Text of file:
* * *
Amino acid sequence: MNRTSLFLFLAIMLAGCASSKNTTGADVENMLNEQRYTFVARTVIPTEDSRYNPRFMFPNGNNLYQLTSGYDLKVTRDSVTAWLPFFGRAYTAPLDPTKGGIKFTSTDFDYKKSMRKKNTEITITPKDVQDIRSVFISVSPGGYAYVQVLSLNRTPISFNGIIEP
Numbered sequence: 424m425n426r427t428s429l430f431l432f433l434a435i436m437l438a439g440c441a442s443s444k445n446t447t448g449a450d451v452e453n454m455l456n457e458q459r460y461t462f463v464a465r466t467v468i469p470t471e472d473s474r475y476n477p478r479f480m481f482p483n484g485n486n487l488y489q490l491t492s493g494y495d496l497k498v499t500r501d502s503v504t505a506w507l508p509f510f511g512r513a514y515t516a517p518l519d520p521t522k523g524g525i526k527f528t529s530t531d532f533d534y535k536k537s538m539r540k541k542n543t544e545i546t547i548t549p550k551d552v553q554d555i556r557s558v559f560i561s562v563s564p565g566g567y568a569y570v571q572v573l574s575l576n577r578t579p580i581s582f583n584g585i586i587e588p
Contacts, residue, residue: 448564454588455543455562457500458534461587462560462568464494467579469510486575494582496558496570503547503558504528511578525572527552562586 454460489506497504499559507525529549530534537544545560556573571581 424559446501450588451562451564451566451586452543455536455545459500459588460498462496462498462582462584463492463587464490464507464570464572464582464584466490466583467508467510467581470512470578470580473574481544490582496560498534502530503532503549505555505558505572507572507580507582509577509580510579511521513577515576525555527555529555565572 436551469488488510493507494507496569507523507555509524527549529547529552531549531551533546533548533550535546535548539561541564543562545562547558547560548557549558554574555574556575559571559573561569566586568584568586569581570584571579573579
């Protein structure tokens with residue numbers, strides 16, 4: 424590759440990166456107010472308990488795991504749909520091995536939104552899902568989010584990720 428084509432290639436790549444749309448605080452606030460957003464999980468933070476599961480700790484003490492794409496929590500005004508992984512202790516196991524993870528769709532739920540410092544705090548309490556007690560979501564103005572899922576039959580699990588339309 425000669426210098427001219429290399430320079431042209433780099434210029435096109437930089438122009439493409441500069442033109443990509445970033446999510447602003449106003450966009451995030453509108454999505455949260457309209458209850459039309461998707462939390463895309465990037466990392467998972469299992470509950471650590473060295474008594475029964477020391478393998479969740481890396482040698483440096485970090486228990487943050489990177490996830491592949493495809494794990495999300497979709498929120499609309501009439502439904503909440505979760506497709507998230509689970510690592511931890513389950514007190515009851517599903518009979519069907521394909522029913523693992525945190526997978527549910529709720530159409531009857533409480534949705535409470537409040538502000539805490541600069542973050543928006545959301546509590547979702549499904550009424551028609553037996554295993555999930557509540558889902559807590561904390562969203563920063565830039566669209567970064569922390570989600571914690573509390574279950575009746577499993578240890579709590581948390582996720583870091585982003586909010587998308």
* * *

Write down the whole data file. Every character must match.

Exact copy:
Amino acid sequence: MNRTSLFLFLAIMLAGCASSKNTTGADVENMLNEQRYTFVARTVIPTEDSRYNPRFMFPNGNNLYQLTSGYDLKVTRDSVTAWLPFFGRAYTAPLDPTKGGIKFTSTDFDYKKSMRKKNTEITITPKDVQDIRSVFISVSPGGYAYVQVLSLNRTPISFNGIIEP
Numbered sequence: 424m425n426r427t428s429l430f431l432f433l434a435i436m437l438a439g440c441a442s443s444k445n446t447t448g449a450d451v452e453n454m455l456n457e458q459r460y461t462f463v464a465r466t467v468i469p470t471e472d473s474r475y476n477p478r479f480m481f482p483n484g485n486n487l488y489q490l491t492s493g494y495d496l497k498v499t500r501d502s503v504t505a506w507l508p509f510f511g512r513a514y515t516a517p518l519d520p521t522k523g524g525i526k527f528t529s530t531d532f533d534y535k536k537s538m539r540k541k542n543t544e545i546t547i548t549p550k551d552v553q554d555i556r557s558v559f560i561s562v563s564p565g566g567y568a569y570v571q572v573l574s575l576n577r578t579p580i581s582f583n584g585i586i587e588p
Contacts, residue, residue: 448564454588455543455562457500458534461587462560462568464494467579469510486575494582496558496570503547503558504528511578525572527552562586 454460489506497504499559507525529549530534537544545560556573571581 424559446501450588451562451564451566451586452543455536455545459500459588460498462496462498462582462584463492463587464490464507464570464572464582464584466490466583467508467510467581470512470578470580473574481544490582496560498534502530503532503549505555505558505572507572507580507582509577509580510579511521513577515576525555527555529555565572 436551469488488510493507494507496569507523507555509524527549529547529552531549531551533546533548533550535546535548539561541564543562545562547558547560548557549558554574555574556575559571559573561569566586568584568586569581570584571579573579
């Protein structure tokens with residue numbers, strides 16, 4: 424590759440990166456107010472308990488795991504749909520091995536939104552899902568989010584990720 428084509432290639436790549444749309448605080452606030460957003464999980468933070476599961480700790484003490492794409496929590500005004508992984512202790516196991524993870528769709532739920540410092544705090548309490556007690560979501564103005572899922576039959580699990588339309 425000669426210098427001219429290399430320079431042209433780099434210029435096109437930089438122009439493409441500069442033109443990509445970033446999510447602003449106003450966009451995030453509108454999505455949260457309209458209850459039309461998707462939390463895309465990037466990392467998972469299992470509950471650590473060295474008594475029964477020391478393998479969740481890396482040698483440096485970090486228990487943050489990177490996830491592949493495809494794990495999300497979709498929120499609309501009439502439904503909440505979760506497709507998230509689970510690592511931890513389950514007190515009851517599903518009979519069907521394909522029913523693992525945190526997978527549910529709720530159409531009857533409480534949705535409470537409040538502000539805490541600069542973050543928006545959301546509590547979702549499904550009424551028609553037996554295993555999930557509540558889902559807590561904390562969203563920063565830039566669209567970064569922390570989600571914690573509390574279950575009746577499993578240890579709590581948390582996720583870091585982003586909010587998308």